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Home » David Epstein: Are athletes really getting faster, better, stronger – Transcript

David Epstein: Are athletes really getting faster, better, stronger – Transcript

David Epstein

David Epstein is an investigative reporter who covers the wide-open space where sports, science and medicine overlap….

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TRANSCRIPT: 

The Olympic motto is “Citius, Altius, Fortius.” Faster, Higher, Stronger. And athletes have fulfilled that motto rapidly.

The winner of the 2012 Olympic marathon ran two hours and eight minutes. Had he been racing against the winner of the 1904 Olympic marathon, he would have won by nearly an hour and a half. Now we all have this feeling that we’re somehow just getting better as a human race, inexorably progressing, but it’s not like we’ve evolved into a new species in a century.

So what’s going on here? I want to take a look at what’s really behind this march of athletic progress.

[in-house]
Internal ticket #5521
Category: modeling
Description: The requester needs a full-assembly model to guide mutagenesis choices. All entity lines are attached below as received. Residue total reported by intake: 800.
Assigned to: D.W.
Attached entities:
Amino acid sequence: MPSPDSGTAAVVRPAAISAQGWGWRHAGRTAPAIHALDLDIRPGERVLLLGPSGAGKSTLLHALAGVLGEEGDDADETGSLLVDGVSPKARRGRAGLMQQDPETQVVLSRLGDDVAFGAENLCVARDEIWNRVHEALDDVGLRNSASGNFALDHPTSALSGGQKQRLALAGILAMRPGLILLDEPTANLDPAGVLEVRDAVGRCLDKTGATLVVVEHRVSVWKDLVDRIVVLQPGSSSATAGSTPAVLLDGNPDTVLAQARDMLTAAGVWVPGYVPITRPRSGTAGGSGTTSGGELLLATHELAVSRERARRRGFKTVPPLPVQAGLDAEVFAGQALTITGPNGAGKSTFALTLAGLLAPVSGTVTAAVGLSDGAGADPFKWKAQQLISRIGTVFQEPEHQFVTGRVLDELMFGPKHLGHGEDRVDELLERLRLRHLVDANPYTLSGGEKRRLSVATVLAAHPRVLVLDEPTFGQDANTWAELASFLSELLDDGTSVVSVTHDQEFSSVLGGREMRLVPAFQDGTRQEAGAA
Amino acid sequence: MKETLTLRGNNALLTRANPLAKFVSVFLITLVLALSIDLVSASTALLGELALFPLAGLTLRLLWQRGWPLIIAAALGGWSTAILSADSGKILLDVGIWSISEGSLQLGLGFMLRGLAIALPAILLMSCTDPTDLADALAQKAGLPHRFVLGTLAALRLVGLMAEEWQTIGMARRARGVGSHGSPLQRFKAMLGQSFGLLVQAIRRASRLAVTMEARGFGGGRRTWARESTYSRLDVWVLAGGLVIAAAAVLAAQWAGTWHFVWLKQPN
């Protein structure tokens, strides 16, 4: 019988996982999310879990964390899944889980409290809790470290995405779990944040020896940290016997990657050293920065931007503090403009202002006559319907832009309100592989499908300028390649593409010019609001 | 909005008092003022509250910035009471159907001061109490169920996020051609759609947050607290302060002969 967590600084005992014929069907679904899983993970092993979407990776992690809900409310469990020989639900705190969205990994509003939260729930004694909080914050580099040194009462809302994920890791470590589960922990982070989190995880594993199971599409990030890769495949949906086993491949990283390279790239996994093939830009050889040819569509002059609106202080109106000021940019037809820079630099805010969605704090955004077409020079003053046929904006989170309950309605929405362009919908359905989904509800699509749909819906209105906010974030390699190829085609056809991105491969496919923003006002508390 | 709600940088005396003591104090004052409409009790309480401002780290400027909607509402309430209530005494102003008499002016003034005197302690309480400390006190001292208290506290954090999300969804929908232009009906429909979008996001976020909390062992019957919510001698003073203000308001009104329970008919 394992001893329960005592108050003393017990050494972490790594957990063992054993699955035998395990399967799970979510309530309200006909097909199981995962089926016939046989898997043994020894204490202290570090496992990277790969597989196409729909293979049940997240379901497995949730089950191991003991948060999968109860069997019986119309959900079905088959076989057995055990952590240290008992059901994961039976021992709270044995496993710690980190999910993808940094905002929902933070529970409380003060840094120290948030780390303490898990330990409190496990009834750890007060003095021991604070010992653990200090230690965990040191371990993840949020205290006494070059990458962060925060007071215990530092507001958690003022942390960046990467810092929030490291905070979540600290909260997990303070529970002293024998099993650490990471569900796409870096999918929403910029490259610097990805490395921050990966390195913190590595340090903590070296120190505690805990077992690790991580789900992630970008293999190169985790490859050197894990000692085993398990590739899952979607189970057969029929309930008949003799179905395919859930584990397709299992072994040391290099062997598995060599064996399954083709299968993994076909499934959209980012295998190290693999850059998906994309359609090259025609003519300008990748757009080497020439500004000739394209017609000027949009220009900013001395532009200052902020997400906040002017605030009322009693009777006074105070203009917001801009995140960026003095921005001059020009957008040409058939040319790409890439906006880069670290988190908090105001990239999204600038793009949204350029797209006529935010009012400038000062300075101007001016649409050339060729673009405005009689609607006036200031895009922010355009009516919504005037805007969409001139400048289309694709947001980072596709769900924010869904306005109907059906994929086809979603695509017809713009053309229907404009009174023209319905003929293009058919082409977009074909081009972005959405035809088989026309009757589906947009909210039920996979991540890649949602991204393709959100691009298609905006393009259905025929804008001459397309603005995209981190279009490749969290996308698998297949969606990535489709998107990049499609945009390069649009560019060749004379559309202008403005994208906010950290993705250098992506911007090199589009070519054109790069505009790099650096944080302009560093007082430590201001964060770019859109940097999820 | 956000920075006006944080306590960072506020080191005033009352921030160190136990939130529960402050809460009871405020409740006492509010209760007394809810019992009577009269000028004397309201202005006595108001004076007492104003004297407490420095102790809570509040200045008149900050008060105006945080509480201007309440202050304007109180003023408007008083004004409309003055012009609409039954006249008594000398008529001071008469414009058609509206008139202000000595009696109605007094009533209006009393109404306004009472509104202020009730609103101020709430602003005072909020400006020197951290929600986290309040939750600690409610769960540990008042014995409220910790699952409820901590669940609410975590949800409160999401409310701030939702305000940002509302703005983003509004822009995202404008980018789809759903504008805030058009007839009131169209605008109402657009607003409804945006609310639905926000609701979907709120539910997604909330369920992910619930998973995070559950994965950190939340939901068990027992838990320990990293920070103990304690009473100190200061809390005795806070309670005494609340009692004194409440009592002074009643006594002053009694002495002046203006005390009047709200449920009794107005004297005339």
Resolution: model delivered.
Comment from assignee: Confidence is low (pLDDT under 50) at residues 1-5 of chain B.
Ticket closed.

In 1936, Jesse Owens held the world record in the 100 meters. Had Jesse Owens been racing last year in the world championships of the 100 meters, when Jamaican sprinter Usain Bolt finished, Owens would have still had 14 feet to go. That’s a lot in sprinter land.

To give you a sense of how much it is, I want to share with you a demonstration conceived by sports scientist Ross Tucker. Now picture the stadium last year at the world championships of the 100 meters: thousands of fans waiting with baited breath to see Usain Bolt, the fastest man in history; flashbulbs popping as the nine fastest men in the world coil themselves into their blocks. And I want you to pretend that Jesse Owens is in that race.

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